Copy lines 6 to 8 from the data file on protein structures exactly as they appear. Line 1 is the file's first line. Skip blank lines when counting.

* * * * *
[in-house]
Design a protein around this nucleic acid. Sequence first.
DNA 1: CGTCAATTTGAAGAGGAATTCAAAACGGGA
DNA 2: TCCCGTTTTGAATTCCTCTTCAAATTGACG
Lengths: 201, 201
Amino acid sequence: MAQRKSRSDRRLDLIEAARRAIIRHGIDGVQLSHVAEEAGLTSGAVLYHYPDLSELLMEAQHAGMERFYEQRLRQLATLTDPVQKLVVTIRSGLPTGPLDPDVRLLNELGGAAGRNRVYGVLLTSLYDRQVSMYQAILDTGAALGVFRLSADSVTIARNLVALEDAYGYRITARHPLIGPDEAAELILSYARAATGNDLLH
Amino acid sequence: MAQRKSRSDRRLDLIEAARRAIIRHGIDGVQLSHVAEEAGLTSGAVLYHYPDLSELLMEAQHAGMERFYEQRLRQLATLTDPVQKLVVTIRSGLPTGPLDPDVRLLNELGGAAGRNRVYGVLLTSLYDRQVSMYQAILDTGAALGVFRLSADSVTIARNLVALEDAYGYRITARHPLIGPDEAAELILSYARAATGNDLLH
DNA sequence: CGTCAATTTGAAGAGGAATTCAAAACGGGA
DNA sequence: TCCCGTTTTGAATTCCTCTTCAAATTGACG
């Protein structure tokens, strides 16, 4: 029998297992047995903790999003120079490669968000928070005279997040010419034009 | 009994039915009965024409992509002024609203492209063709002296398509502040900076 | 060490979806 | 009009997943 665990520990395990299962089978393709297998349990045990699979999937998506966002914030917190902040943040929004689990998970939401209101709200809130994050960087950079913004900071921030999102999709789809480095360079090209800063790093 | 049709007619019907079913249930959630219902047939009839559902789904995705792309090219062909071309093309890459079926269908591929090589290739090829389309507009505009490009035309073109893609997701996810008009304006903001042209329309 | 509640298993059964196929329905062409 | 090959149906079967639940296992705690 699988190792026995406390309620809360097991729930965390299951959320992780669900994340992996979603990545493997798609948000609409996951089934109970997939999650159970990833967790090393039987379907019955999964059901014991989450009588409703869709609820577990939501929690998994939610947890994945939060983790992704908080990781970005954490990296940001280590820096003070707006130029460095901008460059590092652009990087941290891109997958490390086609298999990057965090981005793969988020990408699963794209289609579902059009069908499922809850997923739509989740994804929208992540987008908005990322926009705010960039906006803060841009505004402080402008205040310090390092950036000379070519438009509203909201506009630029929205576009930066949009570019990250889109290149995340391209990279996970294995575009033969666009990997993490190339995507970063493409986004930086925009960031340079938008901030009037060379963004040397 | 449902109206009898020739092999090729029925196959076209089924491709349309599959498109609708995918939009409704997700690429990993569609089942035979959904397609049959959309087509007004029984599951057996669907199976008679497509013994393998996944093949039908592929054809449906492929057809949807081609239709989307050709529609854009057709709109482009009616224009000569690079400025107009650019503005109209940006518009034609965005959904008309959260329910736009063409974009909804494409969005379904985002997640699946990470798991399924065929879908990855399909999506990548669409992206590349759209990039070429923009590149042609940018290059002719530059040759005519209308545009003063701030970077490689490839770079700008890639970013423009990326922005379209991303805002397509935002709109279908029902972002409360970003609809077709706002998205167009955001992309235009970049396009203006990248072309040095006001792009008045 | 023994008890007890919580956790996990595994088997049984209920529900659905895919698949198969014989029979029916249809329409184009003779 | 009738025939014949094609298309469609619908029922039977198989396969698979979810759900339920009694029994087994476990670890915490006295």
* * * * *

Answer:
Amino acid sequence: MAQRKSRSDRRLDLIEAARRAIIRHGIDGVQLSHVAEEAGLTSGAVLYHYPDLSELLMEAQHAGMERFYEQRLRQLATLTDPVQKLVVTIRSGLPTGPLDPDVRLLNELGGAAGRNRVYGVLLTSLYDRQVSMYQAILDTGAALGVFRLSADSVTIARNLVALEDAYGYRITARHPLIGPDEAAELILSYARAATGNDLLH
Amino acid sequence: MAQRKSRSDRRLDLIEAARRAIIRHGIDGVQLSHVAEEAGLTSGAVLYHYPDLSELLMEAQHAGMERFYEQRLRQLATLTDPVQKLVVTIRSGLPTGPLDPDVRLLNELGGAAGRNRVYGVLLTSLYDRQVSMYQAILDTGAALGVFRLSADSVTIARNLVALEDAYGYRITARHPLIGPDEAAELILSYARAATGNDLLH
DNA sequence: CGTCAATTTGAAGAGGAATTCAAAACGGGA